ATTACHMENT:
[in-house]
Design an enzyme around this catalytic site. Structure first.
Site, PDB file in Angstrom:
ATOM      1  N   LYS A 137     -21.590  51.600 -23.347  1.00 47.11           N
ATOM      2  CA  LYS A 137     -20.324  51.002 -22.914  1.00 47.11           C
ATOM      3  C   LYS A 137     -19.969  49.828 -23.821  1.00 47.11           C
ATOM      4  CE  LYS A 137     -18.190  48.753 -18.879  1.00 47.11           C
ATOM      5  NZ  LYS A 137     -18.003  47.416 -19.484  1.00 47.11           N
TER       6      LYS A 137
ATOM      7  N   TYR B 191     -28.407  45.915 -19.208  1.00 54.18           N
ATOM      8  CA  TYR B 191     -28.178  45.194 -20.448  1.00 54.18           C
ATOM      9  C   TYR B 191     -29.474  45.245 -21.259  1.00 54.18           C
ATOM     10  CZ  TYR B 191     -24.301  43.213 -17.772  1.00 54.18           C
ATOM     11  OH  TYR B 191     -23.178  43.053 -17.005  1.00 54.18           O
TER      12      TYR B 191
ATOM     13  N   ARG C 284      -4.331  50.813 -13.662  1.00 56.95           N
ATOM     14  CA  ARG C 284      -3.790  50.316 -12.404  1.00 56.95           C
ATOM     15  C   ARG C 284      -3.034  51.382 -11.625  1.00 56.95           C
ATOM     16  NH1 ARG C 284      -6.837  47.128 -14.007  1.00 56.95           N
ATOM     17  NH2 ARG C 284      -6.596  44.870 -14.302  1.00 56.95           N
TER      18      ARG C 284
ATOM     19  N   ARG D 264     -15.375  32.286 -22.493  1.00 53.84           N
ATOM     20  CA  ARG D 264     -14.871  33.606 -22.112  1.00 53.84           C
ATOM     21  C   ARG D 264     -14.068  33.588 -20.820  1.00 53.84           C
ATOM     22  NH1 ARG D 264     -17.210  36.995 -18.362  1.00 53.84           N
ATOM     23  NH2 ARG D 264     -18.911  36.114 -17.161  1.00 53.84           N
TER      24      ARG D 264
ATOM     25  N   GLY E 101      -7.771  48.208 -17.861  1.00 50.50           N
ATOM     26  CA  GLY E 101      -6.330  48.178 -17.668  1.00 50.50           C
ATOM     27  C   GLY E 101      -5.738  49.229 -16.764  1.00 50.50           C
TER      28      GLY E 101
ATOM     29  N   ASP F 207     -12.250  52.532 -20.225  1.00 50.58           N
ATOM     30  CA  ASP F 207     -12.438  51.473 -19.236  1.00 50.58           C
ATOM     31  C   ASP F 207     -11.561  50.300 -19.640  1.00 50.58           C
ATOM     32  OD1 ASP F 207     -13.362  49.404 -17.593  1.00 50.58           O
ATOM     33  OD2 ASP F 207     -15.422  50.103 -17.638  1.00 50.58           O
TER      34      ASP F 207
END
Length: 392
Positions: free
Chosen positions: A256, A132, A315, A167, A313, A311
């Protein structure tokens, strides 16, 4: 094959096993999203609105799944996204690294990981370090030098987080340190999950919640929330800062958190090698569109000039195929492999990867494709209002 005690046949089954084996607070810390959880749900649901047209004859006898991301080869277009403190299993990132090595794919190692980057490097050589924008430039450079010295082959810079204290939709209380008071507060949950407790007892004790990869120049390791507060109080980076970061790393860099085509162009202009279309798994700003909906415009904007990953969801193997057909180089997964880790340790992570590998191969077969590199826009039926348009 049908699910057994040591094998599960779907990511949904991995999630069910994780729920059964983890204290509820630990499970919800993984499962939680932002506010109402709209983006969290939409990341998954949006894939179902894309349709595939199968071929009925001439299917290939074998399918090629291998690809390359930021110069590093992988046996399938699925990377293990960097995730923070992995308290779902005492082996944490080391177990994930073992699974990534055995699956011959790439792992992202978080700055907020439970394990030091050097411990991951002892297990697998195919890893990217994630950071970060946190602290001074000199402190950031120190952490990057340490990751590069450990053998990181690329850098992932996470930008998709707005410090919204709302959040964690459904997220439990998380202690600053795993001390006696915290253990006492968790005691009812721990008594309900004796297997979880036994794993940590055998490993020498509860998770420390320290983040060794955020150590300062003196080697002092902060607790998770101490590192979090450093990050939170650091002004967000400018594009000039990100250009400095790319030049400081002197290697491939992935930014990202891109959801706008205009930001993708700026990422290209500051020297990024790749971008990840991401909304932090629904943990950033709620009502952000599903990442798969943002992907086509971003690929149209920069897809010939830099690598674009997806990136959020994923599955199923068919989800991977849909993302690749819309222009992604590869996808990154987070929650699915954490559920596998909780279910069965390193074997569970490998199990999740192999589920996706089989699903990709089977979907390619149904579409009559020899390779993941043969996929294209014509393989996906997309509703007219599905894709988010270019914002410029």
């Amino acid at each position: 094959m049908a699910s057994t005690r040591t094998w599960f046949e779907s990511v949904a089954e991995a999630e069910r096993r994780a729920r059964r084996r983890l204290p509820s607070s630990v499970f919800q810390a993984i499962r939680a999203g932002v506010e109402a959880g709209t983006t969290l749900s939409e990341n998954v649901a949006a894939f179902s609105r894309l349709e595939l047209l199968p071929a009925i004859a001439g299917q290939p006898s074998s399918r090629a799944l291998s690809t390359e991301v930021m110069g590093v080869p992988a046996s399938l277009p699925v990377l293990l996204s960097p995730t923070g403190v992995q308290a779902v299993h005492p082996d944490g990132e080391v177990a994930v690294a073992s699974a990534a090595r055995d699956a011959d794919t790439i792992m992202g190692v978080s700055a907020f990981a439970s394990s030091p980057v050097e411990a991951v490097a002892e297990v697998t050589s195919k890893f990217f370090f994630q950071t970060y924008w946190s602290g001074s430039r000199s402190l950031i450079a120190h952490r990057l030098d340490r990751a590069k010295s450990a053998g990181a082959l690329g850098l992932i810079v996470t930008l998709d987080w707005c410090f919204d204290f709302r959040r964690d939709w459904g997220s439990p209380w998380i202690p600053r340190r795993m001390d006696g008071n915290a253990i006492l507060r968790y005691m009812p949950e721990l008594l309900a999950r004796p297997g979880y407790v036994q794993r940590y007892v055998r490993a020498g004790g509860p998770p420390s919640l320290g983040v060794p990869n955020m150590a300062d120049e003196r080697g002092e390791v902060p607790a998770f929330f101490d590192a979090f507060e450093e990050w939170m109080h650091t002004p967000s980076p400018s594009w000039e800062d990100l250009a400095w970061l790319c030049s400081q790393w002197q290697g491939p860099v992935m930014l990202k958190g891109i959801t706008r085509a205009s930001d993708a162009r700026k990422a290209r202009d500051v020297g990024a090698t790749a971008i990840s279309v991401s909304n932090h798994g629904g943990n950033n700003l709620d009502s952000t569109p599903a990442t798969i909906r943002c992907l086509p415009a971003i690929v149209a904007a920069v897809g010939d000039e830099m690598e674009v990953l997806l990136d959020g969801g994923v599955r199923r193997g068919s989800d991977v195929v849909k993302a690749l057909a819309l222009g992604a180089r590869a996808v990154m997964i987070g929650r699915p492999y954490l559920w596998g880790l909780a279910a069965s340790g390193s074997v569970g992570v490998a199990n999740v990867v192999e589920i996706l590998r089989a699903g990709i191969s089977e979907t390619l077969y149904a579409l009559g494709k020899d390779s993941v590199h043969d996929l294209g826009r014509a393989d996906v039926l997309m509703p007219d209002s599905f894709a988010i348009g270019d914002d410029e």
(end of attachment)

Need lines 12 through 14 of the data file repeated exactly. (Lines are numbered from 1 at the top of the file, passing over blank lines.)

ATOM      9  C   TYR B 191     -29.474  45.245 -21.259  1.00 54.18           C
ATOM     10  CZ  TYR B 191     -24.301  43.213 -17.772  1.00 54.18           C
ATOM     11  OH  TYR B 191     -23.178  43.053 -17.005  1.00 54.18           O